I started working on this series just a few days after the tournament, which was on 7 December, so for me it’s been more than three months of on-and-off work. Then the past three weeks—in-between working on the Calendar, the weekly Planners, playing poker myself, and life, it’s been a busy time. Thanks for staying with it.
I could have wrapped up with the last hand, but after running the first sets of numbers on VPIP, I was intrigued by the stats I was getting on player 5, the winner of the tournament.
As I mentioned early on, the Six-Max format requires you to open up your range. Putting money into the pot an average of single hand per orbit, your VPIP is going to be about 17% (as opposed to 11% for a full-ring table playing one hand per orbit). A VPIP of 33% in full-ring would be considered very loose (playing essentially three hands per orbit), whereas in Six-Max it’s only a little loose. Player 5 had a VPIP of 57%, meaning he put money into nearly three-fifths of the hands played. Since the bulk of the hands where I observed him were five-handed, he was playing essentially three hands every orbit.
The possibility exists that he was dealt exceptionally good hands. As I showed in an article I wrote for PokerNews.com last spring, variance can truly make a difference in the quality of cards dealt to players in the short-term length of a tournament. Graphing the cards dealt to myself and player 5, however, the cards he was given were—if anything—worse than the cards I got.
I was dealt 150 more hands (that are in my hand history) than player 5 (my charts are on the left side), but the histograms between the hand charts show proportionally how the hands dealt fit into the Sklansky-Malmuth hand groupings. The classification bands are practically identical in size; I actually got more hands considered “good” than player 5 (the uncolored portion of the histogram on the right is larger than that on the left, indicating that a higher percentage of player 5’s hands fell outside of the eight Sklansky-Malmuth zones).
I did get pocket aces twice in the course of 324 hands, but probably more significantly, I picked up queens three times. In just 174 hands where I observed player 5, he had aces and kings once each and pocket queens and jacks both twice, in addition to every other pair except for eights and threes.
This is the range of hands where player 5 and I put money into the pot other than for blinds. If you compare the VPIP chart for player 5 with his hands dealt, you can see that he either raised or called with all of his suited aces (the top row shows AQs, AJs, and A5s) and all but one of his unsuited aces (the left-most column). Nearly the same thing can be said about his king-high hands: of seven suited kings (row 2 to the right of the diagonal), he didn’t add money to the pot with one of them, and he put money on eleven of fifteen unsuited kings (second column from the left, below the diagonal). He played about half of his unsuited connectors (combos immediately below the diagonal line). The histograms show that while nearly all of the hands in my VPIP range were in one of the 8 Sklansky-Malmuth zones, more than 40% of the hands player 5 put money in with were outside all of the zones.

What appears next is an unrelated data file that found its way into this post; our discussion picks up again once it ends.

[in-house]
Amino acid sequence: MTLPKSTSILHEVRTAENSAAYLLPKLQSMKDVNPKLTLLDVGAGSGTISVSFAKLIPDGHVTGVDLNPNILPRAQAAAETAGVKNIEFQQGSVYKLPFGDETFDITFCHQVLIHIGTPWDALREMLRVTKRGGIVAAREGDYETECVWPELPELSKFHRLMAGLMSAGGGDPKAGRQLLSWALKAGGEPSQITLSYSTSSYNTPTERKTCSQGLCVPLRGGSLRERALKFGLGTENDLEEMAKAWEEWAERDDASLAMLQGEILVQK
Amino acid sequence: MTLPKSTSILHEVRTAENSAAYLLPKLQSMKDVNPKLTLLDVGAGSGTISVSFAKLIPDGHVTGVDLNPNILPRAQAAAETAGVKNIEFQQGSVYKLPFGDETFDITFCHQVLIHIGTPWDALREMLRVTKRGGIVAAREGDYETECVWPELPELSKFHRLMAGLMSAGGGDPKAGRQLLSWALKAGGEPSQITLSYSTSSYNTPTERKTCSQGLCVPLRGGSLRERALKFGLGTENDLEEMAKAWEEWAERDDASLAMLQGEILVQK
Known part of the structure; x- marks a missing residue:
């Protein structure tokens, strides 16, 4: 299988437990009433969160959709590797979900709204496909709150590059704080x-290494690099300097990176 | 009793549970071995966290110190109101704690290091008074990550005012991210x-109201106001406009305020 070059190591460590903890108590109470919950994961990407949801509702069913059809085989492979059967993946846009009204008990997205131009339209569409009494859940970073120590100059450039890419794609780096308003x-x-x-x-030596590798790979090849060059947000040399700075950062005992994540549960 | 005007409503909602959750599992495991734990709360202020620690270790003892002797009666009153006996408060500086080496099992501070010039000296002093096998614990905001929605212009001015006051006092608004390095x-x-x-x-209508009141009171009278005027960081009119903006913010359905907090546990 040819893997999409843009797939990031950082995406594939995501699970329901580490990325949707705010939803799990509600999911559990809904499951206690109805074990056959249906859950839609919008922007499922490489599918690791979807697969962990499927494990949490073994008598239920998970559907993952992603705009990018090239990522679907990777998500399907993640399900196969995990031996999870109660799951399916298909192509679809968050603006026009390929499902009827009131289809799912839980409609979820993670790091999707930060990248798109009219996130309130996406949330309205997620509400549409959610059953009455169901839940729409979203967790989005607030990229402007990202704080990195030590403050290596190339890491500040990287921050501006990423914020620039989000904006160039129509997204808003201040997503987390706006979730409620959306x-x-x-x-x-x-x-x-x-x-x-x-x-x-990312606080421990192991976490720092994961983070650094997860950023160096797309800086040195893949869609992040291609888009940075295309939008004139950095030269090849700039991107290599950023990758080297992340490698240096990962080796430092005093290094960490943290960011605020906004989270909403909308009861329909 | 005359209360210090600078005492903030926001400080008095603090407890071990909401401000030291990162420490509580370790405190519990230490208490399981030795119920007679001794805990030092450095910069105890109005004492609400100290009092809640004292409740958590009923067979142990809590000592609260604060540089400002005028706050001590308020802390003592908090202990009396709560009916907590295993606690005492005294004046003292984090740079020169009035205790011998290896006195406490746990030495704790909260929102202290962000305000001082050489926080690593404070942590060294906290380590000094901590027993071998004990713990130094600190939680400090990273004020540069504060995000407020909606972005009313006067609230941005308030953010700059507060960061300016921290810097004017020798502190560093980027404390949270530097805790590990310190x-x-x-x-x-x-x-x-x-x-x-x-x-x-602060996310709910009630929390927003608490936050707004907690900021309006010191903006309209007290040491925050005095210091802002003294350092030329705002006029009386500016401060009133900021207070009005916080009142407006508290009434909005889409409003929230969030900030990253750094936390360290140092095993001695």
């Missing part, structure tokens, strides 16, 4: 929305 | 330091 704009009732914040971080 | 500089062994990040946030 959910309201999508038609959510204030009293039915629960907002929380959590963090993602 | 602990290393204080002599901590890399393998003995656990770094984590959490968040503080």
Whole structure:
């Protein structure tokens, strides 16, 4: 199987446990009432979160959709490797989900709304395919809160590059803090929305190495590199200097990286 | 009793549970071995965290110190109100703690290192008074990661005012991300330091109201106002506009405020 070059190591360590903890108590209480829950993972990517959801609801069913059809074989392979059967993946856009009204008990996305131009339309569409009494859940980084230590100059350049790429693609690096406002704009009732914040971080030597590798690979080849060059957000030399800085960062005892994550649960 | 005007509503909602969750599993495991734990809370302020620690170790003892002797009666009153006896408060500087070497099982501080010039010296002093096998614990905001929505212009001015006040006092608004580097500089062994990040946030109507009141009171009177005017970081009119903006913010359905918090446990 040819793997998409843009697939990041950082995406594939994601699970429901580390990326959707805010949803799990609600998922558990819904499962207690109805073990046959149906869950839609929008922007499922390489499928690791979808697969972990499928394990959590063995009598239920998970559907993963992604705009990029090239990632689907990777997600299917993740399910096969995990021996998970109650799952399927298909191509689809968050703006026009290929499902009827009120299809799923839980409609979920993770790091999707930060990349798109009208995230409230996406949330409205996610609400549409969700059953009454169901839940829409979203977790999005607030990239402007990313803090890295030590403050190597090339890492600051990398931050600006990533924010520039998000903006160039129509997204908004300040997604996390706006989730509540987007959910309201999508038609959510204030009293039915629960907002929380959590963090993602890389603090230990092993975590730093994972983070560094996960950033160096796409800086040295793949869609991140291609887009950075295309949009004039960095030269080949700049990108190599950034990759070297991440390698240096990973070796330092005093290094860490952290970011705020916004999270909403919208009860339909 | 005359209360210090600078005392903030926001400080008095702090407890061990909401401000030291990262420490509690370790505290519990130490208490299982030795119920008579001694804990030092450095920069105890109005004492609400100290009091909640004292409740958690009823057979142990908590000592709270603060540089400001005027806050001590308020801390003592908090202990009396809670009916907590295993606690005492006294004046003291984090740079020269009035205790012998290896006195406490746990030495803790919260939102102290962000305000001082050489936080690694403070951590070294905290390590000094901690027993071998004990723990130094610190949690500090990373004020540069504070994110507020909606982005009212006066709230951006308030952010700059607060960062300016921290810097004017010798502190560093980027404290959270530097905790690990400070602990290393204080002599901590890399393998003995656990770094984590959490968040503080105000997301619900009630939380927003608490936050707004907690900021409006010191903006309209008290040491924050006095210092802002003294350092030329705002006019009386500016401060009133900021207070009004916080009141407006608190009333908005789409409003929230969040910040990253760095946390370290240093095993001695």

I made a pre-flop raise (including re-raises) with about two-thirds of the hands I played. By contrast, player 5 only raised about half the hands he got involved with pre-flop, doing a lot more calling than me. Still the absolute percentage of hands he raised pre-flop was more than the percentage of hands I played. He limped the only pocket aces I tracked him on, and he limped deuces, but raised every other pair he played, as well as most of the other ace hands he played. He also raised 23o pre-flop, though that was in the late stages of the final table, as SB in an unopened pot four-handed at Hand 307.
Both player 5 and I won more than half of the hands where we raised (or re-raised) pre-flop without going to a showdown and both of us laid down about a sixth of the hands we raised. Players either laid their hands down pre-flop or we won with further bets on the flop, turn, or river. Comparing the histograms for these hands to the PFR chart above, you can see that an even higher percentage of “garbage” hands in what player 5 was able to win with—nearly half—made up this category, whereas the distribution in my histogram (on the right) is identical to the PFR range for all intents and purposes. Player 5’s histogram for lost raises shows that he didn’t fold any premium hands (green bands) when he made a pre-flop raise.
Both of us went to showdown with over a third of the hands where we put money into the pot. Player 5’s showdown hands are definitely more widely-distributed than mine are, with more than a quarter of them falling outside the Sklansky-Malmuth classifications. My win-rate at showdown was marginally better than player 5’s but he won as many showdowns as I did though he was dealt only half as many hands (that I could track).
Two different styles of play that get you to the same HU result. Our final hand was a race: [jd qs] v [6s 6d], where I caught a pair on the flop as he caught a set. Could have gone either way, though I like to think that I could have ground down his 9:5 lead given a better outcome on that hand.
Four hours and fifty minutes. 324 hands. +2,050% ROI.
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